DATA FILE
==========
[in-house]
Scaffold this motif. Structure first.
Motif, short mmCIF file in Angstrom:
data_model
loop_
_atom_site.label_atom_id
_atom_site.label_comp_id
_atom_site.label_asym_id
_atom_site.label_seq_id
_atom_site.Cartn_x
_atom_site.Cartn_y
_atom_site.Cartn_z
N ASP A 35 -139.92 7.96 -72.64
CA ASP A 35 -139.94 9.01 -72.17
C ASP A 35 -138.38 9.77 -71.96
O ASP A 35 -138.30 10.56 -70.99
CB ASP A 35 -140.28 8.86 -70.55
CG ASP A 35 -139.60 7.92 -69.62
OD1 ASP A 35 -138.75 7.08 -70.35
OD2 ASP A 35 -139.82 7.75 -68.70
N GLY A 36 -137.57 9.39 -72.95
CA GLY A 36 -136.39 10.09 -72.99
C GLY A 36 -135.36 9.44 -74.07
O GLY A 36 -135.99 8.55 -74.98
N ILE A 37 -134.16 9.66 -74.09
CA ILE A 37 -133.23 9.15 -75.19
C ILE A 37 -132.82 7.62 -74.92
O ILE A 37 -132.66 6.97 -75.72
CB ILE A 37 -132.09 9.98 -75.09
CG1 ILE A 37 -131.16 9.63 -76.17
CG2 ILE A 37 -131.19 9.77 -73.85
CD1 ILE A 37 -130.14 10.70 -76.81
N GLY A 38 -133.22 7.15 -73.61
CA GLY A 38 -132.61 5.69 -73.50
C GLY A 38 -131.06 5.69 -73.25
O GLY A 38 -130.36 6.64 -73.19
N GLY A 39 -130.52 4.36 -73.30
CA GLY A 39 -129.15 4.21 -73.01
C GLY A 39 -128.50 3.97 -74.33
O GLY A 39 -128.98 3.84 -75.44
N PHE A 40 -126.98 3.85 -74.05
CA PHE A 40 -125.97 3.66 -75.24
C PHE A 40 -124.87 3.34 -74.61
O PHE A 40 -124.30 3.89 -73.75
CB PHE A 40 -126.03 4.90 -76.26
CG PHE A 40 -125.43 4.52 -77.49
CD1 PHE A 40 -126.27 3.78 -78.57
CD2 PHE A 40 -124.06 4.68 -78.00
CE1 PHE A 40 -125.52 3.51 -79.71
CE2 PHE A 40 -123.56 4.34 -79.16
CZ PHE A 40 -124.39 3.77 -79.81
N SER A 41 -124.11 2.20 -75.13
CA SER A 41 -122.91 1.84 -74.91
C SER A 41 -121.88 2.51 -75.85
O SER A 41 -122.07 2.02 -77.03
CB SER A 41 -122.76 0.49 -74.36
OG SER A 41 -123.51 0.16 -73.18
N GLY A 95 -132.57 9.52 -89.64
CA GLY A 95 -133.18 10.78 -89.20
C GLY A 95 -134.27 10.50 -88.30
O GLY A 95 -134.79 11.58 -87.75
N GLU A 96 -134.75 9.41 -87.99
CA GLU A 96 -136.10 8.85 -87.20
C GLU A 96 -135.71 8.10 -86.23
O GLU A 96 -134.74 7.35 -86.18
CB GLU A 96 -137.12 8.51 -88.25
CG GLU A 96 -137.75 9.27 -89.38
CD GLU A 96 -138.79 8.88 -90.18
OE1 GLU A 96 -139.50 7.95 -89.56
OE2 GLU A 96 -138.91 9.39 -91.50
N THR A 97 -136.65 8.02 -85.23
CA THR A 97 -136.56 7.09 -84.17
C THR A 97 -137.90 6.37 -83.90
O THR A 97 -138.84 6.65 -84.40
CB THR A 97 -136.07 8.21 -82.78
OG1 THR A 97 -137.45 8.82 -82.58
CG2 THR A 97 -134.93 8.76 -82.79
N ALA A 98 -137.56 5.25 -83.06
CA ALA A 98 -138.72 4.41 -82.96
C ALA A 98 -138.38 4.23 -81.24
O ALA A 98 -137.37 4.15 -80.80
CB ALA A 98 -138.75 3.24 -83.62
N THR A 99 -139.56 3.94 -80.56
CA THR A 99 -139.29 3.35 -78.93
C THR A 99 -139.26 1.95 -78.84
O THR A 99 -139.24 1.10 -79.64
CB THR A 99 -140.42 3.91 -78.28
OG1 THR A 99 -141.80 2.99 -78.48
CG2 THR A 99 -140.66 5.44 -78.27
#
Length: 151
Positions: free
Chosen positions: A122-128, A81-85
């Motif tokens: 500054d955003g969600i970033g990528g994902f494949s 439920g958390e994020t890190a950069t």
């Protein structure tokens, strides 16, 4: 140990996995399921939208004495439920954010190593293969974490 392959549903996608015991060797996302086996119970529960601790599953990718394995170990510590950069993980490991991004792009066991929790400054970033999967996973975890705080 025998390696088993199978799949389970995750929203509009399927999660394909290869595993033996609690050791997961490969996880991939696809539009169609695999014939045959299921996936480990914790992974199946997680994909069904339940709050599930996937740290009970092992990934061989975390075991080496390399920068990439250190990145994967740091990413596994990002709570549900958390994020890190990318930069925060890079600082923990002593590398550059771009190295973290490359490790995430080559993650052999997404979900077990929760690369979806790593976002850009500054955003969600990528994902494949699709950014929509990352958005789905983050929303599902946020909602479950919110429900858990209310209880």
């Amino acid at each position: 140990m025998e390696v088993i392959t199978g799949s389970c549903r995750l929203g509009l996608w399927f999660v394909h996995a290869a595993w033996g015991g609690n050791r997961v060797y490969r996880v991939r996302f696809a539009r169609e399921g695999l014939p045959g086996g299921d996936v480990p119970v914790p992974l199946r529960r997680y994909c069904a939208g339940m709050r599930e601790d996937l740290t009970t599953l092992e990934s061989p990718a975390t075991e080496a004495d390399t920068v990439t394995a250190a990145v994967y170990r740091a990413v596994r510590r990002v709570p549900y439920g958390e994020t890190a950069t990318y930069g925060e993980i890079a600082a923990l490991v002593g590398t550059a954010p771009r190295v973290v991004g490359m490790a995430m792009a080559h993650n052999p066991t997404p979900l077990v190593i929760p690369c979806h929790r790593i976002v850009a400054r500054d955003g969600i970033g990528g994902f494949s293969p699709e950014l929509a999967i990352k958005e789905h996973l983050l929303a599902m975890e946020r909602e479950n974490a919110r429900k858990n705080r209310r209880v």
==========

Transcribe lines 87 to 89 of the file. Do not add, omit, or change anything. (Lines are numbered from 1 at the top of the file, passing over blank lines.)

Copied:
CB THR A 99 -140.42 3.91 -78.28
OG1 THR A 99 -141.80 2.99 -78.48
CG2 THR A 99 -140.66 5.44 -78.27